Tip Browning Mass Cane

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Posted by Horticulture Guy - Peter Punzi | Posted in Midwest U.S. Gardeners | Posted on 24-12-2005

Q. I have a plant labeled as “mass cane.” I’ve noticed recently that most of the leaves are starting to turn yellow at the tips and eventually the yellow turns brown. I have not watered the plant for 2-3 weeks now for fear that it has been over watered. I’ve checked the soil and it seems as if at least the top half of the soil depth is mostly dry.  I bought distilled water for the plant because I’ve read that fluoride can cause yellowing in the leaves. So the last time I watered it I used the distilled water but that didn’t seem to help. The plant is in a bed room that has a window (mostly covered by a curtain to block direct sunlight) facing the south so the plant usually receives a decent amount of filtered light. Also about a week ago the plant fell but landed upright; there was no damage to the plant but the canes probably moved around a little  in the soil. What needs to be done to keep this plant healthy? Matthew Broten – Champlin, Minnesota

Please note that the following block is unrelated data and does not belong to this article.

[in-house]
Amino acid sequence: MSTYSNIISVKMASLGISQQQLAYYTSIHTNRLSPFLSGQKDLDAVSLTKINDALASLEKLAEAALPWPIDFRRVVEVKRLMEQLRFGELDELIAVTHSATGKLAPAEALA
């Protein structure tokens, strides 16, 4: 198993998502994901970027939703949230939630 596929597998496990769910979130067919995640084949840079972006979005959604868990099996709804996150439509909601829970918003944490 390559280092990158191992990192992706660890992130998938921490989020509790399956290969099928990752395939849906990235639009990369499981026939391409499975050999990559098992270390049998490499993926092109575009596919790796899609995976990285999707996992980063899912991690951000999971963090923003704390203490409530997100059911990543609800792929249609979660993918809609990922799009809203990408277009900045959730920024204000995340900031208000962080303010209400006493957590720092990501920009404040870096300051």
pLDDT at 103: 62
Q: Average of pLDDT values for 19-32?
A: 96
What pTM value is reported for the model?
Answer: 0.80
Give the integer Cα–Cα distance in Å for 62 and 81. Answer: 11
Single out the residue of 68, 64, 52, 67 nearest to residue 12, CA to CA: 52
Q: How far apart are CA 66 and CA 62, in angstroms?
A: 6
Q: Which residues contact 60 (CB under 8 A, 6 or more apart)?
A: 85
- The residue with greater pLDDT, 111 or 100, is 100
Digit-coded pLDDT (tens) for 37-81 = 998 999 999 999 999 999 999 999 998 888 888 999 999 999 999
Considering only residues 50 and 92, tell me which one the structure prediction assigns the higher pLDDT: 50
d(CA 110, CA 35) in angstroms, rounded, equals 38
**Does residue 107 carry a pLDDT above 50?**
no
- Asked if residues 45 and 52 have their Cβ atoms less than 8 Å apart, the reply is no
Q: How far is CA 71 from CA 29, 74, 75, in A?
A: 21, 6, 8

A.  You mass cane is a common name for Dracaena fragrans ‘Massangeana’ also called a Corn plant because of the shape of its leaves.  The variegated (with the light yellow/green stripe in the center) seem to need more light, perhaps because there is less chlorophyll on each leaf.  When I was working in indoor landscaping it seemed that I would need to trim the necrotic tips off of the plants that received the least amount of light.  Although they are tolerant of low light levels I always found that they did best with some direct light for part of the day. Of course the more light they receive the more water they require making it less likely that they will be overwatered.  Overwatering (as I suspect you know from your question) will suffocate the roots and kill them.  The symptoms are the same as underwatering because the plant itself is not receiving water. If the leaf tip symptoms showed up only after the plant fell it is possible that there was some root damage and this is causing the lack of water.  It is good that you are using non fluoridated/chlorinated water since this means we can eliminate this as a potential cause of the problem.  I would trim the tips and continue to only water the plants when you feel the soil has become moderately dry.